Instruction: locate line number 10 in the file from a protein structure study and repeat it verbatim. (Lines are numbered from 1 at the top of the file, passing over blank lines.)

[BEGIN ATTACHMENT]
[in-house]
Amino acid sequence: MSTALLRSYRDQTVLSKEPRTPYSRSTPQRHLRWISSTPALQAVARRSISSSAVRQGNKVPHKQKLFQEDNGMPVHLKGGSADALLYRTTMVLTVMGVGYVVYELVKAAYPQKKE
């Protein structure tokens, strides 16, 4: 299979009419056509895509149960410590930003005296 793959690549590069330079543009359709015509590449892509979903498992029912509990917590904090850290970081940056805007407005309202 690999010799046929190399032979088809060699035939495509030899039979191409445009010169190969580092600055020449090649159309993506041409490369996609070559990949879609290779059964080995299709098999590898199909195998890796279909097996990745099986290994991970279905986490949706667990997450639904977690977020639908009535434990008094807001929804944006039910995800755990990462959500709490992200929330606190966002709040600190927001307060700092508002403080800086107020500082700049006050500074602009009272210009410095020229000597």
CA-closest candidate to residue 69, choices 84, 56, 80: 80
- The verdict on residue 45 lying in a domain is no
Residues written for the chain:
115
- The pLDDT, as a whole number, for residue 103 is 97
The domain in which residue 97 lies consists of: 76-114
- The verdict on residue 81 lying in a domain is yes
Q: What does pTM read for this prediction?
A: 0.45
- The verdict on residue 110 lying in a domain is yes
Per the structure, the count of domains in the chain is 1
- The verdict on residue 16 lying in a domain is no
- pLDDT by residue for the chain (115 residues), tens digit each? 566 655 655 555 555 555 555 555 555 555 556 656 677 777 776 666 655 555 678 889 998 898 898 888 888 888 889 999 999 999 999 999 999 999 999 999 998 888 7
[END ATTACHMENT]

- The verdict on residue 81 lying in a domain is yes